Kimer Med Founded to Develop the DRACO Antiviral Strategy

Today's good news is that a biotech startup, Kimer Med, has been founded to develop the DRACO approach to defeating viral infections. Those of us who have been following developments in antiviral technologies that might be applied to persistent infections relevant to aging, such as cytomegalovirus (CMV) and other herpesviruses, may recall a burst of interest in DRACO some years ago, particularly the research crowdfunding efforts in 2015 and 2016.

DRACO (Double-stranded RNA Activated Caspase Oligomerizer) works by selectively killing cells that exhibit one of the distinctive signs of viral replication. This replication produces long double-stranded RNA, whereas mammalian cells only produce short double-stranded RNA in the normal course of events. It is possible to deliver a form of molecule into the cell that interacts with only long double-stranded RNA and triggers cell death via caspase induced apoptosis as a result, depriving the viral particles of their factory. The fine details of the approach are outlined in the original 2011 paper, and DRACO has been proven to do quite well by a few different research groups in several different animal models of viral infection.

There are two reasons as why this is interesting. Firstly, it can be applied, with little additional work on a per-case basis, to a broad range of virus types, becoming a potentially near-universal antiviral platform. The economics of such a technology look very good in comparison to most other antiviral approaches. Secondly, it has the potential to clear the body of persistent viruses such as CMV. CMV causes great harm to the immune system over a lifetime because it can only be suppressed by present strategies, never fully cleared from the body. The evidence strongly suggests that it is one of the major causes of age-related immunosenescence.

Unfortunately, DRACO went the way of all too many novel research initiatives. It was a struggle to obtain following grants for such a radical departure from the established approaches, the research crowdfunding efforts didn't go that well (as is usually the case - it is very hard to crowdfund scientific research), the researchers involved moved on, the institutions involved abandoned any effort to maintain and license the intellectual property. All of this happens to many projects in the research community, year after year, regardless of their scientific merits and potential to produce viable, useful therapies.

Sadly, intellectual property is such a linchpin in the standard approach to biotechnology investment, as well as in Big Pharma business models, that technologies in the public domain tend to be left for dead. The view is that no-one can monopolize them, own that whole part of the field, which is seen as necessary in order to justify the enormous resources needed to push a therapy through the present heavy-handed regulatory system. Yet it is nonsense to think that any approach to therapy can in practice be monopolized. Every successful development program quickly results in other organizations putting significant efforts into finding ways to achieve a similar result via the same mechanism that nonetheless bypass existing patents. Still, near all investors and institutions in the commercial space steer clear of public domain science until such time as someone produces clinical success by doing otherwise.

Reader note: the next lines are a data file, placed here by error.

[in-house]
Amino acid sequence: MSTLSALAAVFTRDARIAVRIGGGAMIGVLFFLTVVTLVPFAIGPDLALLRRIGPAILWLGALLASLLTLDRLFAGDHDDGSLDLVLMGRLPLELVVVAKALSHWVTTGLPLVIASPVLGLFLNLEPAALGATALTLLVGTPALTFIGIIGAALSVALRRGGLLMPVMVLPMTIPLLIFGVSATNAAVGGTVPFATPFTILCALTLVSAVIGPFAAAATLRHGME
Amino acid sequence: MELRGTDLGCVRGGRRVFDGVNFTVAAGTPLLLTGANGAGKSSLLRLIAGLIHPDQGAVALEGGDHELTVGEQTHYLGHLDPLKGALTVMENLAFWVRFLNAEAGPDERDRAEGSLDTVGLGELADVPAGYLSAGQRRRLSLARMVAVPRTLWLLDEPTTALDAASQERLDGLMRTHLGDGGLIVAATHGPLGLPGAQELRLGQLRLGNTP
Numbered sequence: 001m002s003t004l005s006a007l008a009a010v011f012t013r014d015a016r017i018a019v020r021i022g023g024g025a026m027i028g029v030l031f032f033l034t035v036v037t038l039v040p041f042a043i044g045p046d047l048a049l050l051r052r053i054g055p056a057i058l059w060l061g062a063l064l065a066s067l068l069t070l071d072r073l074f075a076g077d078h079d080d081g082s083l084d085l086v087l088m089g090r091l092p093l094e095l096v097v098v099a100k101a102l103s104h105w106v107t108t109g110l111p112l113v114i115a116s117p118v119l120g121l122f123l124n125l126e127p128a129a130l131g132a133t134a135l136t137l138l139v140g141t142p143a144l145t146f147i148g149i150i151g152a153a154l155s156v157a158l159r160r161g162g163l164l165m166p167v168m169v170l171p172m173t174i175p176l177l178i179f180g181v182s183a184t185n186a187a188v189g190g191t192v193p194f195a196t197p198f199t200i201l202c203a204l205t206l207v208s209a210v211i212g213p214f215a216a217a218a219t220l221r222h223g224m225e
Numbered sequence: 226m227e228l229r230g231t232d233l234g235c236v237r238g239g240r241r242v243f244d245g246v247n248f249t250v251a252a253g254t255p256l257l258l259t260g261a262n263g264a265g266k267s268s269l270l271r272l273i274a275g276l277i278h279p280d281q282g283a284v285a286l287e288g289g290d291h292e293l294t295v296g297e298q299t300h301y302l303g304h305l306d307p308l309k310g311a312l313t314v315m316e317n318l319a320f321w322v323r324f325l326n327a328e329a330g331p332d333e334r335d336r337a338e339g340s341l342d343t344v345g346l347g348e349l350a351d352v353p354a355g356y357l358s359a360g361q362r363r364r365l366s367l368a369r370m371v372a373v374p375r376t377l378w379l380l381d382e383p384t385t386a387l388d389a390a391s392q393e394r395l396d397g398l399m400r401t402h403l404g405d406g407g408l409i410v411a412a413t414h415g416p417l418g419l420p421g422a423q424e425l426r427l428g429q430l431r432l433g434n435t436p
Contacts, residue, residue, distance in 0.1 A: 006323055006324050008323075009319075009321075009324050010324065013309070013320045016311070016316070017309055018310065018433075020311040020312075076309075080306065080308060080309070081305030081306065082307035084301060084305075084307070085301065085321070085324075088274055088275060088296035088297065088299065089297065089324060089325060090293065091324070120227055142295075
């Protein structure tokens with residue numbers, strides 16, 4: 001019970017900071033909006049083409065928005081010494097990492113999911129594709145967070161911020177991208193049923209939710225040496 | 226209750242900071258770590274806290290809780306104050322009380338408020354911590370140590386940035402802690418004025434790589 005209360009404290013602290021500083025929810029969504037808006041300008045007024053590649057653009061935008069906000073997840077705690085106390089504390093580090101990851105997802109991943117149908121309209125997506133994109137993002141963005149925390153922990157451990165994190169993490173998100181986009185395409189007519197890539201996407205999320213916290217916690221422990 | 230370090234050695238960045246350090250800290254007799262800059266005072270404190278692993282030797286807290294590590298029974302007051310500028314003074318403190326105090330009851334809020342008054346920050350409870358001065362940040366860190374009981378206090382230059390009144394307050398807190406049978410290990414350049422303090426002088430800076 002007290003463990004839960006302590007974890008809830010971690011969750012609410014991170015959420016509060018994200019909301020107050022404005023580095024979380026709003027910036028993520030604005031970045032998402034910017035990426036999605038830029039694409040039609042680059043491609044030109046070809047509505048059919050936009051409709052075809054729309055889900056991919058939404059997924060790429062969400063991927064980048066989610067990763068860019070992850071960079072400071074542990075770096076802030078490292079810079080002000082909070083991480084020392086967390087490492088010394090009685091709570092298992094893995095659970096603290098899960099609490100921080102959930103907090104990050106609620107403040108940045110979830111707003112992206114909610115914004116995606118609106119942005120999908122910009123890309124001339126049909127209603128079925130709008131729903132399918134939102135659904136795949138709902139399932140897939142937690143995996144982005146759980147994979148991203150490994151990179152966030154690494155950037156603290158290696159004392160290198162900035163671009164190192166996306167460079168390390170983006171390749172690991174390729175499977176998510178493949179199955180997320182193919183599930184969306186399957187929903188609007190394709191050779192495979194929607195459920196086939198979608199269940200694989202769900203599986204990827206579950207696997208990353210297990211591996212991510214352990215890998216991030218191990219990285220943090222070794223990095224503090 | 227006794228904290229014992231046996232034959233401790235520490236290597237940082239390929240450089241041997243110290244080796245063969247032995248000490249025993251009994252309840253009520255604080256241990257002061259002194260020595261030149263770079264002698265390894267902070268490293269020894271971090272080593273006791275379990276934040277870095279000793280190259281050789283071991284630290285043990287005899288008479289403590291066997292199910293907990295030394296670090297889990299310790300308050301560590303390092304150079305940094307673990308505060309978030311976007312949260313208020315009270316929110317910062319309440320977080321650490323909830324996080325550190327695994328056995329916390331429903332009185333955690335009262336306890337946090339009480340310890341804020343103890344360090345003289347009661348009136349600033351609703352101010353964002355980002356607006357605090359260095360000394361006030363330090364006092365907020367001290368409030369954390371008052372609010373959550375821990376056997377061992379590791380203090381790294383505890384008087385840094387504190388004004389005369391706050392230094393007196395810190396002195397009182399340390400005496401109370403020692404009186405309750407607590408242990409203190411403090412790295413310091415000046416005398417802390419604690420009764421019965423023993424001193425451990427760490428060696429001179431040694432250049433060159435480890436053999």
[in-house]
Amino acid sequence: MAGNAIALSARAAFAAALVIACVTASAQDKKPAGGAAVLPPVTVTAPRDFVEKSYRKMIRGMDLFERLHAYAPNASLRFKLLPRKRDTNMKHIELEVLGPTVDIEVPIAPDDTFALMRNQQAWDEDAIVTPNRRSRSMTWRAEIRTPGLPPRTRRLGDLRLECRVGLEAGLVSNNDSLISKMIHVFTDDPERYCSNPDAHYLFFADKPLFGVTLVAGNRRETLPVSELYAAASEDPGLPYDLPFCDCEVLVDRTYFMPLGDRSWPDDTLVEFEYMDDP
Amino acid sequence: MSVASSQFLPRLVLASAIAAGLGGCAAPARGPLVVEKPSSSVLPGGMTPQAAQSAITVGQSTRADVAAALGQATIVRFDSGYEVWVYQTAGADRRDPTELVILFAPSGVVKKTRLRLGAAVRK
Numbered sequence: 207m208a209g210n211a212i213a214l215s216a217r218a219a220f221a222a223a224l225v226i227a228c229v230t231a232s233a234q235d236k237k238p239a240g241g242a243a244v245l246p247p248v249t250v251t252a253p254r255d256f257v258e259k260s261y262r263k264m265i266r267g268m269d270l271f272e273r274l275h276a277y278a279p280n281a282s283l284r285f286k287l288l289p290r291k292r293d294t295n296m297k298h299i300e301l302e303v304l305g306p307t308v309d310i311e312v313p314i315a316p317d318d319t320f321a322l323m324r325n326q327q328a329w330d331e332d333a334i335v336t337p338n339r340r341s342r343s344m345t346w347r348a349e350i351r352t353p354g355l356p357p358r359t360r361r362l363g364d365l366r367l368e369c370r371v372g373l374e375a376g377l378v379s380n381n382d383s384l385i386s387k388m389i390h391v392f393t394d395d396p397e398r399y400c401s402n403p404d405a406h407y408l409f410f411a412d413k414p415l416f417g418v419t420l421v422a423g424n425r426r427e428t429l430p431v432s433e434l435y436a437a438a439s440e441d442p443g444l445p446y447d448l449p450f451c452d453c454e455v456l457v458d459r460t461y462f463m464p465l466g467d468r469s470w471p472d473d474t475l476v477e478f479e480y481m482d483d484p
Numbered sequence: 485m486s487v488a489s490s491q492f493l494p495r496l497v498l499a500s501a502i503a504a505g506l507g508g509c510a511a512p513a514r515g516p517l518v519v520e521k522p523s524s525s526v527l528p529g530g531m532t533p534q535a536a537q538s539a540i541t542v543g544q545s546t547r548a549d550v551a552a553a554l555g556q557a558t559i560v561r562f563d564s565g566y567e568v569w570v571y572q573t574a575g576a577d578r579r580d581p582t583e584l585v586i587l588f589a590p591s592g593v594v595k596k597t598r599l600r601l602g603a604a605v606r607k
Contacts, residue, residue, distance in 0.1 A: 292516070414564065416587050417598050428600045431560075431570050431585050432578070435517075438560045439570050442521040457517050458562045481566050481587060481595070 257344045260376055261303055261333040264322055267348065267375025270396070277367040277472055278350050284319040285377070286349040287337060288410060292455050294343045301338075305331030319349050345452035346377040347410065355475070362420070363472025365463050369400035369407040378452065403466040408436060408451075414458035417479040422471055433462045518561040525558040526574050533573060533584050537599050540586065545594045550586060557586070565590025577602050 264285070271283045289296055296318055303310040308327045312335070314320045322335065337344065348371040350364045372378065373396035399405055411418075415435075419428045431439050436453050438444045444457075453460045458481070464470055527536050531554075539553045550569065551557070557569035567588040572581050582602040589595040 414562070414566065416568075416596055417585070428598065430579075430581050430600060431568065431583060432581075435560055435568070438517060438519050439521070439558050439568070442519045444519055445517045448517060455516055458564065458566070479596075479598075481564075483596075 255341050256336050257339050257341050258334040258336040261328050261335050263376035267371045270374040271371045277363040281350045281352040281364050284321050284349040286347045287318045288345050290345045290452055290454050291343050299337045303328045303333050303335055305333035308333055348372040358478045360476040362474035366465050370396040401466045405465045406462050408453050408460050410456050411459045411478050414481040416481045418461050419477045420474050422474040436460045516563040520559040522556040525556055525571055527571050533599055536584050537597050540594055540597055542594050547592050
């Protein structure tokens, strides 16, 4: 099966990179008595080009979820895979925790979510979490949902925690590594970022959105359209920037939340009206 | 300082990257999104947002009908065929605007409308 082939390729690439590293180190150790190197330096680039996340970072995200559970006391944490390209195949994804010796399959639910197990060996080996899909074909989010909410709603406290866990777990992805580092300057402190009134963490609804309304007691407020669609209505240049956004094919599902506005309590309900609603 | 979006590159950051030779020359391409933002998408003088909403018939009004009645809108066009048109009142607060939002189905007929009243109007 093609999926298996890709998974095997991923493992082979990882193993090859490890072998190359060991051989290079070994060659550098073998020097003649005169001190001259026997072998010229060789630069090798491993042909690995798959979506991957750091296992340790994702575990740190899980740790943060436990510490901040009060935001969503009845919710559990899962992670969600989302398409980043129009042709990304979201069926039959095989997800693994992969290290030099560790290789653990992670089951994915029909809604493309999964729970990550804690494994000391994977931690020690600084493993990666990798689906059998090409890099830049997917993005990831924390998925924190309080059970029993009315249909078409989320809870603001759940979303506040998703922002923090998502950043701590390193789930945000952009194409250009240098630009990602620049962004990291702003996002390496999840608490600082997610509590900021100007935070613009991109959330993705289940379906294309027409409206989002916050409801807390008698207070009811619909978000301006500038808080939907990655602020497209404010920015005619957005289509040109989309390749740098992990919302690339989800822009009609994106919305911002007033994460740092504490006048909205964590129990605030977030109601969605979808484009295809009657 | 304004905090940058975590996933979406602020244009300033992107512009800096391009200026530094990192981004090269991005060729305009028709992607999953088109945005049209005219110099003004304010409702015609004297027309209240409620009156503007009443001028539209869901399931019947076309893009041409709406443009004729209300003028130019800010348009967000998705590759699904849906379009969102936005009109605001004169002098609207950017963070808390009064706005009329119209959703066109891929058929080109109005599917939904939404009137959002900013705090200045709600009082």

Thankfully, the Kimer Med team are willing to be outliers in this matter. They have picked DRACO as their cause to champion, and intend to raise funds to replicate the work, expand it, and bring this radical new approach to antiviral therapy to the clinic. To the degree that they achieve success, others will follow.

Comments

What I fear most is multiresistant bacteria. In future with germline engineering it will be possible;e to make humans that can't be infected ewith viruses but as far I know it will never be possible with bacteria.

Posted by: thomas.a at September 7th, 2020 1:35 PM

Very nice! Long long awaited news!

Posted by: Antonio at September 7th, 2020 3:03 PM

I said this on my facebook page yesterday in response to this:

I cannot understand for the life of me the apparent lack of interest in development and rollout of DRACO for viral infections, despite the on-going pandemic. Some years ago I thought that a pandemic would act as a driver for the development of DRACO. But it has not. Perhaps this is due to the fact that the COVID-19 pandemic is really not that much worse than a bad flu. Yet, at the same time, we have states (mostly "blue") maintaining economic shutdowns as though this is a real pandemic. Ditto for Australia and New Zealand. Despite such, support for DRACO from official parties is not forth coming. Something is wrong with this picture. It makes no sense at all. Perhaps I am missing something.

Posted by: Abelard Lindsey at September 7th, 2020 3:39 PM

Most ppl advent read about DRACO. There also been some other topics that have been forgotten. LPP fusion, Fontan Blood Pump, Solving Organ Shortage, etc.

Posted by: thomas.a at September 7th, 2020 4:12 PM

Nice! I have reached out to them to see if we can help them. If nothing else I would certainly be happy to do an interview with them.

Posted by: Steve Hill at September 7th, 2020 4:55 PM